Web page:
Equivalence Principle Implications of Modified Gravity Models

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Equivalence Principle Implications of Modified Gravity Models

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Title: Equivalence Principle Implications of Modified Gravity Models
Author: Hui, Lam; Nicolis, Alberto; Stubbs, Christopher William

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Citation: Hui, Lam, Alberto Nicolis, and Christopher Stubbs. 2009. Equivalence principle implications of modified gravity models. Physical Review D 80(10): 104002.
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Abstract: Theories that attempt to explain the observed cosmic acceleration by modifying general relativity all introduce a new scalar degree of freedom that is active on large scales, but is screened on small scales to match experiments. We show that if such screening occurrs via the chameleon mechanism such as in \(f(R)\), it is possible to have order one violation of the equivalence principle, despite the absence of explicit violation in the microscopic action. Namely, extended objects such as galaxies or constituents thereof do not all fall at the same rate. The chameleon mechanism can screen the scalar charge for large objects but not for small ones (large/small is defined by the gravitational potential and controlled by the scalar coupling). This leads to order one fluctuations in the inertial to gravitational mass ratio. In Jordan frame, it is no longer true that all objects move on geodesics. In contrast, if the scalar screening occurrs via strong coupling, such as in the DGP braneworld model, equivalence principle violation occurrs at a much reduced level. We propose several observational tests of the chameleon mechanism: 1. small galaxies should fall faster than large galaxies, even when dynamical friction is negligible; 2. voids defined by small galaxies would be larger compared to standard expectations; 3. stars and diffuse gas in small galaxies should have different velocities, even on the same orbits; 4. lensing and dynamical mass estimates should agree for large galaxies but disagree for small ones. We discuss possible pitfalls in some of these tests. The cleanest is the third one where mass estimate from HI rotational velocity could exceed that from stars by 30 % or more. To avoid blanket screening of all objects, the most promising place to look is in voids.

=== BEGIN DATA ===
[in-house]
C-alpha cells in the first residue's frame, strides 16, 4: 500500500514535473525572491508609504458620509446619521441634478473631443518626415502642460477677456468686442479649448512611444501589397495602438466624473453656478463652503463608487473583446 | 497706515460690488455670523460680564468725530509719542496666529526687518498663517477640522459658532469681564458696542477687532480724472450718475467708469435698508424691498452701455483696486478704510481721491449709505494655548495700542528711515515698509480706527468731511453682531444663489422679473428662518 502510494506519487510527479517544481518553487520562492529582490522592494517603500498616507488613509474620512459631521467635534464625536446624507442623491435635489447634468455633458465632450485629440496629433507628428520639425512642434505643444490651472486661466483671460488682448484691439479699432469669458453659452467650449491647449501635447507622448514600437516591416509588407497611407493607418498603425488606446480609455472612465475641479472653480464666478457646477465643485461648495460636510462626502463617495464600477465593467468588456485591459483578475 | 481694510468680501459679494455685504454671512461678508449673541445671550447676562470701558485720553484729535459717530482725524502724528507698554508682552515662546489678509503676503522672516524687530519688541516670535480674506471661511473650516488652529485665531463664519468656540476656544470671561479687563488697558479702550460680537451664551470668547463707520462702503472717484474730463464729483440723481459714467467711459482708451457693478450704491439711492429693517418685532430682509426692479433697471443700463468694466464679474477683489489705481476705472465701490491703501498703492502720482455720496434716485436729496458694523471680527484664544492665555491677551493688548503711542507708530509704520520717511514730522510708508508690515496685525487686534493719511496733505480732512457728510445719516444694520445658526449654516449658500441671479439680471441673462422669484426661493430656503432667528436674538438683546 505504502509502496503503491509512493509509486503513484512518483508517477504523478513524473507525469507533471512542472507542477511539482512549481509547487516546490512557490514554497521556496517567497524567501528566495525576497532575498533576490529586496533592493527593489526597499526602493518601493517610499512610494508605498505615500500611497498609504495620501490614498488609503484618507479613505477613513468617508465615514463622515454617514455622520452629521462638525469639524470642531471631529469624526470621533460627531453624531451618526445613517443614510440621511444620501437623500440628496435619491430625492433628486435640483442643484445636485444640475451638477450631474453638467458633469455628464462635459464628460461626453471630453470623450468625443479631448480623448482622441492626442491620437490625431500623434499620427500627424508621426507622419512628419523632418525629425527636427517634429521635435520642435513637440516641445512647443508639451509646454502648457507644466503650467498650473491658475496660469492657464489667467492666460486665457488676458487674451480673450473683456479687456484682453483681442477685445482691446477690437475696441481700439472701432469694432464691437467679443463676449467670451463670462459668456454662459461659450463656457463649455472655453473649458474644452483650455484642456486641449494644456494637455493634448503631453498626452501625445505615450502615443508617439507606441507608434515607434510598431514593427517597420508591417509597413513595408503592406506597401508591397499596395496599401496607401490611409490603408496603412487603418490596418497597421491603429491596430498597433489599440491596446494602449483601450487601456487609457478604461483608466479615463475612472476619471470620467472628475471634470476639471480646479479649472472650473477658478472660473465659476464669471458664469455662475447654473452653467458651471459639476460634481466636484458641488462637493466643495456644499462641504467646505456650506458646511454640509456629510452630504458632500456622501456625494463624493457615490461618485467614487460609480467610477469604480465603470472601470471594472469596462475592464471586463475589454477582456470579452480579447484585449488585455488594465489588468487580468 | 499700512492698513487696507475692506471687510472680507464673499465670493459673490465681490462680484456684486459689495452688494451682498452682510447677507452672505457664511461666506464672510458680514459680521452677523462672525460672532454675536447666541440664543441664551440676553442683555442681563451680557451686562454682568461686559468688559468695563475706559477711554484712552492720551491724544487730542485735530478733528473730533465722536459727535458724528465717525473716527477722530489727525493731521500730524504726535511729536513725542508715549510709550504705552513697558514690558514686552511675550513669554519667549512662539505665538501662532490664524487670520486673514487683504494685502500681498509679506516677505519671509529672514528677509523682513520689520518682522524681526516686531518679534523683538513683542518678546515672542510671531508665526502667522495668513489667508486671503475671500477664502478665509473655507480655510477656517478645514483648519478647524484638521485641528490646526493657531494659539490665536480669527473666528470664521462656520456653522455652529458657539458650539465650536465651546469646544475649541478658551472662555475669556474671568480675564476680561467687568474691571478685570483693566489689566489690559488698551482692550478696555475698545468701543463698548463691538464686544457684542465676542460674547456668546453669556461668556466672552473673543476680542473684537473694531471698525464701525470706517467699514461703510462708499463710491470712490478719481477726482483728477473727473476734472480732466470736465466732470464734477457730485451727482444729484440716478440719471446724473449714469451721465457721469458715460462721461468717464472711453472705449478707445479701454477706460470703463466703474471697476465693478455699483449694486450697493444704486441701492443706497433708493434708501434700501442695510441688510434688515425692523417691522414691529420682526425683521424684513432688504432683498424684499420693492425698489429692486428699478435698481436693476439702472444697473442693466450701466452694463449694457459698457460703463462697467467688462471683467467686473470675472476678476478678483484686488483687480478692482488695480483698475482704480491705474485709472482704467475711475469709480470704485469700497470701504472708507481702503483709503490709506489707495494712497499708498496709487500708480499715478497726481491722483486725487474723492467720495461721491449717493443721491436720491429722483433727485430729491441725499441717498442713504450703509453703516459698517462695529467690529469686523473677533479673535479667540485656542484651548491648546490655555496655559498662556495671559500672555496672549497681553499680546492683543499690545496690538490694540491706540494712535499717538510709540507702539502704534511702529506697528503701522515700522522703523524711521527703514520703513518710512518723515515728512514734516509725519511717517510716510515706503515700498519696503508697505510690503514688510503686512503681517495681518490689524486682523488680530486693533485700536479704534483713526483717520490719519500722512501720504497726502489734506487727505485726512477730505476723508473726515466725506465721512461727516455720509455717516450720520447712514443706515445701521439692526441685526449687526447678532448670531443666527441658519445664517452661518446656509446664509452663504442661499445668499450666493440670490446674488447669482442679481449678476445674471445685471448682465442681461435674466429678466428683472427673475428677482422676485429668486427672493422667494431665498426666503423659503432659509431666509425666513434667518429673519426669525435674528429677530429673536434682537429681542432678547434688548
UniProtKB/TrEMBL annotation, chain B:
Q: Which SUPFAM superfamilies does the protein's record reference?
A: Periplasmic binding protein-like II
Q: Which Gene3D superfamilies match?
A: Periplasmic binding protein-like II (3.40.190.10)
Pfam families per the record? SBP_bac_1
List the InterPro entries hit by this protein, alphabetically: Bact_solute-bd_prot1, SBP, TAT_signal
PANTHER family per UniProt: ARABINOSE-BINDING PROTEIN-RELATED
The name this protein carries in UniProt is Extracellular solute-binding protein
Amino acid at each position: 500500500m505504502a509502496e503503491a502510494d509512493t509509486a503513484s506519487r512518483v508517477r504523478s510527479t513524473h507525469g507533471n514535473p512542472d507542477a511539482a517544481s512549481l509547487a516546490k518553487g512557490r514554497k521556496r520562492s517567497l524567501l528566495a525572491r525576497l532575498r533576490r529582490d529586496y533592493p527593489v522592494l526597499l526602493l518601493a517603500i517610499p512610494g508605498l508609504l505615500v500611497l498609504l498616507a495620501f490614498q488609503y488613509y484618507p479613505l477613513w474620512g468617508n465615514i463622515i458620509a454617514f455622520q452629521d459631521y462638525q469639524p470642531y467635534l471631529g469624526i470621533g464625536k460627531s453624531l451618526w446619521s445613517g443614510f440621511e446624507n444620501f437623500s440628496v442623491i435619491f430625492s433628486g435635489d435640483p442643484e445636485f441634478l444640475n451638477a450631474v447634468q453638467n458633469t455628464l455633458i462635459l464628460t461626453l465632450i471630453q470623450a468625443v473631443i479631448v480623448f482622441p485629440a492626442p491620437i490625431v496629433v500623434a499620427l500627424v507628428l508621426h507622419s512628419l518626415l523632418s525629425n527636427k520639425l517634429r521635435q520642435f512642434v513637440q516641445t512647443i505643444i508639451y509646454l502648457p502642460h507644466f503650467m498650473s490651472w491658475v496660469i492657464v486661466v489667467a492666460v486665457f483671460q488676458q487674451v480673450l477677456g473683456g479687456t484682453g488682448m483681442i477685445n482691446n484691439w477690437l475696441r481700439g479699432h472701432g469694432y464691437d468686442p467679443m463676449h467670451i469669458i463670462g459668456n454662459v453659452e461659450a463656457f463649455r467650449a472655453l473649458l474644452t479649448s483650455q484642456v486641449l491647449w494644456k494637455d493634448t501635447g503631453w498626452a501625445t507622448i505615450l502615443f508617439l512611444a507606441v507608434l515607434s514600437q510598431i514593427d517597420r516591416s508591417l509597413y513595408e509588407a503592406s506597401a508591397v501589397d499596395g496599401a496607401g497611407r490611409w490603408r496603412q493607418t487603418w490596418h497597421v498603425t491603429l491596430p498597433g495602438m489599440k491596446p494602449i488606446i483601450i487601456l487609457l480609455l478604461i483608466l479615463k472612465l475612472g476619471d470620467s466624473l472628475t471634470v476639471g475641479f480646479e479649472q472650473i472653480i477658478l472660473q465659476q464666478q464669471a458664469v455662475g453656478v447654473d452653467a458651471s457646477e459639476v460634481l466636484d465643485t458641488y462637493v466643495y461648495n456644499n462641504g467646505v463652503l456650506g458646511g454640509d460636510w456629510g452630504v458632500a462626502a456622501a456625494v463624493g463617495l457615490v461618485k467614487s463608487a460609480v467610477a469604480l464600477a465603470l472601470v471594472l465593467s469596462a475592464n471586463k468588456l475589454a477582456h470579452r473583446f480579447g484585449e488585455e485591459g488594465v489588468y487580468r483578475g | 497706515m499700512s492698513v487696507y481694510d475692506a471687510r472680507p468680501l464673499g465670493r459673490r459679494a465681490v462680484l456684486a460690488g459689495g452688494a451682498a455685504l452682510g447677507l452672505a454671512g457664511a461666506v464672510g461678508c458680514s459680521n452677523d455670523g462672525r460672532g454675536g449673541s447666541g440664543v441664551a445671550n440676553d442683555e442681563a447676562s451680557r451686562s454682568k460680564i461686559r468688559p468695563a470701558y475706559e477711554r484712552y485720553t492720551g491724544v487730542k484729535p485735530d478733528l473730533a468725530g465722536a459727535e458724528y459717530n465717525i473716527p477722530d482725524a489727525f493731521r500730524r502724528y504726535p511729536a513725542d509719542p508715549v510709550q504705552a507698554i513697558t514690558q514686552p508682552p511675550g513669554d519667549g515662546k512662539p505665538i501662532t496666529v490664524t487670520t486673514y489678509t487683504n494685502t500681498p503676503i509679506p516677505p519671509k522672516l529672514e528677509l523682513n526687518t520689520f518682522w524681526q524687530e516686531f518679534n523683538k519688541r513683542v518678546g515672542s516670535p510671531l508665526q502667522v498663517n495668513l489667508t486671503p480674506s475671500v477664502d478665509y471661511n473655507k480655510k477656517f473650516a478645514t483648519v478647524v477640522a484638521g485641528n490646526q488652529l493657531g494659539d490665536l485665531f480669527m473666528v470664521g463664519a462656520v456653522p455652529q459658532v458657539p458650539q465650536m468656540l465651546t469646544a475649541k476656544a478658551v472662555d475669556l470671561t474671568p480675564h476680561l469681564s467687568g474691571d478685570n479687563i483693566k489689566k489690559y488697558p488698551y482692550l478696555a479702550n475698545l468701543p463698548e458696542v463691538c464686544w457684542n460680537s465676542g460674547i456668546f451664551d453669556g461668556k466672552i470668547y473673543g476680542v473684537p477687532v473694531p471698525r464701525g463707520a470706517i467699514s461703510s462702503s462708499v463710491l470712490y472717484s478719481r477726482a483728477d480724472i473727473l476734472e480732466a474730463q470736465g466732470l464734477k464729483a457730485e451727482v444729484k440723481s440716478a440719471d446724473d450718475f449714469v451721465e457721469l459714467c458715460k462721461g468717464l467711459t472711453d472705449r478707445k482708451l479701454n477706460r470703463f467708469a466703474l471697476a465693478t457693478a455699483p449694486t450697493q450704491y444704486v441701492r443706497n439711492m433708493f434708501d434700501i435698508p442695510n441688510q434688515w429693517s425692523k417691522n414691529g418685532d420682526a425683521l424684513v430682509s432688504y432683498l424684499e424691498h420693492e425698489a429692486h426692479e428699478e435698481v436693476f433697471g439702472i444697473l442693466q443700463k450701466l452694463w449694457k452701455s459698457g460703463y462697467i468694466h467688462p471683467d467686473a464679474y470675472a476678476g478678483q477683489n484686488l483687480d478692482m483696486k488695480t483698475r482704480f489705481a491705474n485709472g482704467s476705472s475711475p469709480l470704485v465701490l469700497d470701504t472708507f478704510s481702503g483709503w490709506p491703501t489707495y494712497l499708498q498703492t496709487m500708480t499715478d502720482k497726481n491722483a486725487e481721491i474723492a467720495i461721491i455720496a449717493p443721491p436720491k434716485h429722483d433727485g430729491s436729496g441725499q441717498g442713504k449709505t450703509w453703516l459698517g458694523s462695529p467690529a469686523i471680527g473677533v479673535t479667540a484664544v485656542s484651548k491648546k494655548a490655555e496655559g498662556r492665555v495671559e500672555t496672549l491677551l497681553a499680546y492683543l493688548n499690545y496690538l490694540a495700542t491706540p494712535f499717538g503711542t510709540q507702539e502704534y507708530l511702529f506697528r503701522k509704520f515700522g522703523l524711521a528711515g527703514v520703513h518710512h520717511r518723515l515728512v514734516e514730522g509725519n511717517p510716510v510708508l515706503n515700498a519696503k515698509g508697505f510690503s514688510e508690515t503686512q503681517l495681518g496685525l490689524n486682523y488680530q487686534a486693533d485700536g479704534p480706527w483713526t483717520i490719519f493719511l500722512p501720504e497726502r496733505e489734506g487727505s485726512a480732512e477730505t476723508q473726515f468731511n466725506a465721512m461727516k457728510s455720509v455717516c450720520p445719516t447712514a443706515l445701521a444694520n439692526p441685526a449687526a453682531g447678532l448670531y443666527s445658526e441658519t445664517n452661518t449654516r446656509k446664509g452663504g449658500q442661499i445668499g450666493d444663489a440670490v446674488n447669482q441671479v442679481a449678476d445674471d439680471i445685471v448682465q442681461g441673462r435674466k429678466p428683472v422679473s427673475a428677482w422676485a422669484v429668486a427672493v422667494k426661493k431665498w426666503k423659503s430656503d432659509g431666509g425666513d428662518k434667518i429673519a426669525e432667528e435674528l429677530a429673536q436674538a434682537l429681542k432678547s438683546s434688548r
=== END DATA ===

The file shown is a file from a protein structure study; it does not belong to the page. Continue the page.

Published Version: doi:10.1103/PhysRevD.80.104002
Other Sources: http://arxiv.org/abs/0905.2966
Terms of Use: This article is made available under the terms and conditions applicable to Open Access Policy Articles, as set forth at http://nrs.harvard.edu/urn-3:HUL.InstRepos:dash.current.terms-of-use#OAP
Citable link to this page: http://nrs.harvard.edu/urn-3:HUL.InstRepos:8152133
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